Oil Companies Have Lots of Money

The last three months of 2014 were not pretty for oil producers. The value of a barrel of oil hit around $115 in June, fell to $55 by the end of the year, and recently dropped to $45 before rebounding in the last couple of days. Exxon’s revenue dropped 21%, BP posted a replacement-cost loss (which is akin to net income) of $969 million, and Shell only saw gains thanks to ancillary businesses.

Despite the recent price uptick, oil’s outlook isn’t much better. The U.S. Energy Information Administration expects the price of oil to average $58 a barrel in 2015, compared to $109 just a few years ago. Lower oil prices simply makes it harder for major energy conglomerates to make money.

Fortunately for executives in Irving, Texas, London, and The Hague, however, large integrated oil and gas companies tend to have a lot of capital to soften these blows. Even after enduring a rough quarter, Exxon has nearly $5 billion in cash on hand, BP earned more than $12 billion for all of 2014, and Shell took in about $45 billion in cash flow last year.

Oil Companies Have Other Businesses

While cheaper oil makes the act of getting the black stuff out of the ground less profitable, other businesses in these large oil companies actually stand to benefit from lower oil prices. Exxon’s chemical operations, for example, actually saw a 35% increase in earnings over the same period in 2013.

“Our chemical business is very well positioned to take advantage of the lower commodity prices,” says Exxon’s head of investor relations Jeff Woodbury in the most recent earnings call. “Particularly in the U.S. our manufacturing sites are highly flexible and can run across a wide range of feedstocks, from ethane all the way to gas oil.”

It’s About Expectations

Falling energy prices was one of the biggest stories at the end of last year. Americans are feeling better about their own financial situation; cheaper prices at the pump feel to them like a pay raise or a tax cut. Which is to say, the market was not shocked that large oil companies had muted earnings during the last three months of 2014. In fact over the past six months shares of Exxon, BP, and Shell have fallen 6.7%, 16.2% and 17.6%, respectively. (The S&P 500, over the same period of time, has actually jumped 6.5%.)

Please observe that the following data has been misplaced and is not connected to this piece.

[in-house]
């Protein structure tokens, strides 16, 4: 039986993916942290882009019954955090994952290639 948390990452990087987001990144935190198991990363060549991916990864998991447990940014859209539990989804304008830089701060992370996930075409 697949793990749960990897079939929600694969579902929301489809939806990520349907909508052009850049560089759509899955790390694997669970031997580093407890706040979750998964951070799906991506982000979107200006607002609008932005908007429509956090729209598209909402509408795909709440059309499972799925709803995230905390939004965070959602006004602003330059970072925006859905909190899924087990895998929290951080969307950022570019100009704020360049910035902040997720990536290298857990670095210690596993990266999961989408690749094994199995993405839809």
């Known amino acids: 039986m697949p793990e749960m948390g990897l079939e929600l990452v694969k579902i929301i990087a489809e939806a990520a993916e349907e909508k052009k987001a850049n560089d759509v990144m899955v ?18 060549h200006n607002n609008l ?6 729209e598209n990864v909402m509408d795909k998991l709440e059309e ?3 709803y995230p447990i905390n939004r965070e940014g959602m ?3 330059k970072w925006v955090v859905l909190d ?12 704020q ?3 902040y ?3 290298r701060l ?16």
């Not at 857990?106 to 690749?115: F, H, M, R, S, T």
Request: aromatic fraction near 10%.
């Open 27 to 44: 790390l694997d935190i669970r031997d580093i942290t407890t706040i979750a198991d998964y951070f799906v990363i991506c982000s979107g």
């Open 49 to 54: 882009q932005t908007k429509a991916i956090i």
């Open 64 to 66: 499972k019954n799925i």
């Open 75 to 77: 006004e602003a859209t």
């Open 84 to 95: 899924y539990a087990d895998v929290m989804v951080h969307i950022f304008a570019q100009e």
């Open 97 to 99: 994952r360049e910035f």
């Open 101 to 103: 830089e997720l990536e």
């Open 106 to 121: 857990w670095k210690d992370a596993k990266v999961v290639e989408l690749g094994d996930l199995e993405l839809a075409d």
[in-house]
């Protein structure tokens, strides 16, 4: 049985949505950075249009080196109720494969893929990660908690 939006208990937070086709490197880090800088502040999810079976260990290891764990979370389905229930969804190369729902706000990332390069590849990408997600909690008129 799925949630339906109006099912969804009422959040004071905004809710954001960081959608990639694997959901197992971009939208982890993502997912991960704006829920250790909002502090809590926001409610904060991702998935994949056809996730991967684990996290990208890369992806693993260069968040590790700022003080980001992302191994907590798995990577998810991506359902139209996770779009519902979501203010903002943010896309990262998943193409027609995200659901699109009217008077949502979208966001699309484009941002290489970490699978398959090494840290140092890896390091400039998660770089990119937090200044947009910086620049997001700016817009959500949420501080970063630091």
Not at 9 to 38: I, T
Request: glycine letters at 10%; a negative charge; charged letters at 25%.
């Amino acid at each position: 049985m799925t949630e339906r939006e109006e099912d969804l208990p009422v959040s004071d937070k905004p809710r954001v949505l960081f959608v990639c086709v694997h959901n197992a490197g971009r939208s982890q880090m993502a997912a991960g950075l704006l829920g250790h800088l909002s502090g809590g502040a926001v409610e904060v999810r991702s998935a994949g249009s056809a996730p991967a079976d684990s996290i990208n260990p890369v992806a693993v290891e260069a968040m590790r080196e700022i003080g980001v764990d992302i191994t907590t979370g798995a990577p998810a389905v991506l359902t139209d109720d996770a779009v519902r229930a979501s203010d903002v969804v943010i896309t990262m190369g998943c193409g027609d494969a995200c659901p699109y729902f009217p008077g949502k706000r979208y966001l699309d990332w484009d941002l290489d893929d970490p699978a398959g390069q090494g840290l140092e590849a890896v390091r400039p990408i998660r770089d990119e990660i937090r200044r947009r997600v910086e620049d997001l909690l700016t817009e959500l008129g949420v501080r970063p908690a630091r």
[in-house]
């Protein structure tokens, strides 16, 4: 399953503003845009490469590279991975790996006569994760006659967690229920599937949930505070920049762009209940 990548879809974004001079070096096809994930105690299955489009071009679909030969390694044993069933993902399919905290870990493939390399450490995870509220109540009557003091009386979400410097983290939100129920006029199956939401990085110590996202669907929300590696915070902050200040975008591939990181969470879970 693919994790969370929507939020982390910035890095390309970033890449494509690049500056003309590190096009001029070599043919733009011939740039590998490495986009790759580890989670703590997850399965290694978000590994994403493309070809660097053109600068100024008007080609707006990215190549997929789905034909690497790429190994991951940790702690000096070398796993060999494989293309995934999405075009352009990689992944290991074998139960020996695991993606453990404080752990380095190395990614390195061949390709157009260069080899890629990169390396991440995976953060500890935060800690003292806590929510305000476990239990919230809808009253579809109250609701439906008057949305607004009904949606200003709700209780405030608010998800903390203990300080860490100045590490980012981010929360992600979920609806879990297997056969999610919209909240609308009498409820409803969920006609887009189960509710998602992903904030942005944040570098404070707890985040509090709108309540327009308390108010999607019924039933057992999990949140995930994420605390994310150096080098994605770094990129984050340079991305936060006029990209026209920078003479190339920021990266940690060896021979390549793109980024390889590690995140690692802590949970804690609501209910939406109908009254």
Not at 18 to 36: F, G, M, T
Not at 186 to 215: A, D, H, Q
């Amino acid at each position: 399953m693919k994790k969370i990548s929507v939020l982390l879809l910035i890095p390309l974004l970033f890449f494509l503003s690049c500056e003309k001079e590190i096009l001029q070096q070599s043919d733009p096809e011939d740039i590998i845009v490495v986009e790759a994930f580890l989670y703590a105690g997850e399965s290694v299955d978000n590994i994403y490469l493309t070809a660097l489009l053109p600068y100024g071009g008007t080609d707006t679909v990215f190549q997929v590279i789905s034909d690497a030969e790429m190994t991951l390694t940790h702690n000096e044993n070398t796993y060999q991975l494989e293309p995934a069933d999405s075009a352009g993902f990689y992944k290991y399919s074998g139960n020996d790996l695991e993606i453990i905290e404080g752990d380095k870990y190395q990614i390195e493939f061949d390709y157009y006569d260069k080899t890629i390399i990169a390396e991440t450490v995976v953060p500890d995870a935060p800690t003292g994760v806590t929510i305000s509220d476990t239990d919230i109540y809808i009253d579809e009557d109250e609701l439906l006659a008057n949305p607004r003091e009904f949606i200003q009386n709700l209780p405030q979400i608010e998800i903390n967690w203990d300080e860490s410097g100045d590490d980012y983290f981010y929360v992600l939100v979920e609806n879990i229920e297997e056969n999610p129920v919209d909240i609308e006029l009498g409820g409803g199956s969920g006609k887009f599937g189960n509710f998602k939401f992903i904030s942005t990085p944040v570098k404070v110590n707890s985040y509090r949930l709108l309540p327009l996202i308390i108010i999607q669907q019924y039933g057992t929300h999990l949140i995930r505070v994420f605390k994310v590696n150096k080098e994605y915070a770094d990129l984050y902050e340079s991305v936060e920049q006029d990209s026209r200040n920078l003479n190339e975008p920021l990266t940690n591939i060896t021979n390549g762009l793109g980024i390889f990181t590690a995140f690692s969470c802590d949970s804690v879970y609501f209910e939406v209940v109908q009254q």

OIL

And oil executives are doing all they can to lower costs and expectations for the near future. BP announced that it will be spending $4 to $6 billion less in capital expenditures in 2015 than it originally thought, and about $3 billion less than the company spent last year.“We have now entered a new and challenging phase of low oil prices through the near and medium term,” BP chief executive Bob Dudley said in a press release. Shell has also announced that it will reduce costs next year, and expects to spend $15 billion less through 2017.

What Does This Mean for You

Investors still pay a premium to own big oil stocks. Forward-looking price-to-earnings ratio for Exxon, BP, and Shell all exceed that of the S&P 500.

But they still look relatively attractive to USAA fund manager Bob Landry. Oil prices may not rebound this year, he says, but they’ve probably hit a floor at around $40 a barrel. “If you’re a long-term investor you can hold some of these companies that pay a solid dividend, and pick up shares for cheaper than what they were four-to-six months ago,” Landry says. “These companies can survive this turmoil thanks to a fortress balance sheet and the ability to generate significant cash flow.”

MONEY financial crisis

S&P to Pay Billions for Being the Watchdog That Didn’t Bark

Standard & Poor's building
Justin Lane—EPA

Standard & Poor's settlement is a reminder that the industry's safeguards failed in the lead-up to the financial crisis.

On Tuesday, Standard & Poor’s (S&P), agreed to pay $1.375 billion to settle claims by the Department of Justice and multiple state governments that the ratings agency defrauded investors in the lead up to the financial crisis.